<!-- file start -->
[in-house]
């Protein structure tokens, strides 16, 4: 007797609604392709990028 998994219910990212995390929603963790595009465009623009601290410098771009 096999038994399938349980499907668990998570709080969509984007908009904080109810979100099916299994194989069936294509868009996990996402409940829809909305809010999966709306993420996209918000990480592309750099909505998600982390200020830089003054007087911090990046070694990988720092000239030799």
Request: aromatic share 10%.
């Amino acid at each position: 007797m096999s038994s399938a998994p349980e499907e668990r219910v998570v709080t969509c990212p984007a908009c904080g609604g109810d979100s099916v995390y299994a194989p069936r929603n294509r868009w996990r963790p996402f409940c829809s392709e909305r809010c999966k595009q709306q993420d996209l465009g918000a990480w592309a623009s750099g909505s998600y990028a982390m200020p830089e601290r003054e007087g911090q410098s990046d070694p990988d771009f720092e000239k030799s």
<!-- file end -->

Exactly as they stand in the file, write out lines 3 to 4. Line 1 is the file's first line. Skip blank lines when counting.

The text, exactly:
Request: aromatic share 10%.
């Amino acid at each position: 007797m096999s038994s399938a998994p349980e499907e668990r219910v998570v709080t969509c990212p984007a908009c904080g609604g109810d979100s099916v995390y299994a194989p069936r929603n294509r868009w996990r963790p996402f409940c829809s392709e909305r809010c999966k595009q709306q993420d996209l465009g918000a990480w592309a623009s750099g909505s998600y990028a982390m200020p830089e601290r003054e007087g911090q410098s990046d070694p990988d771009f720092e000239k030799s």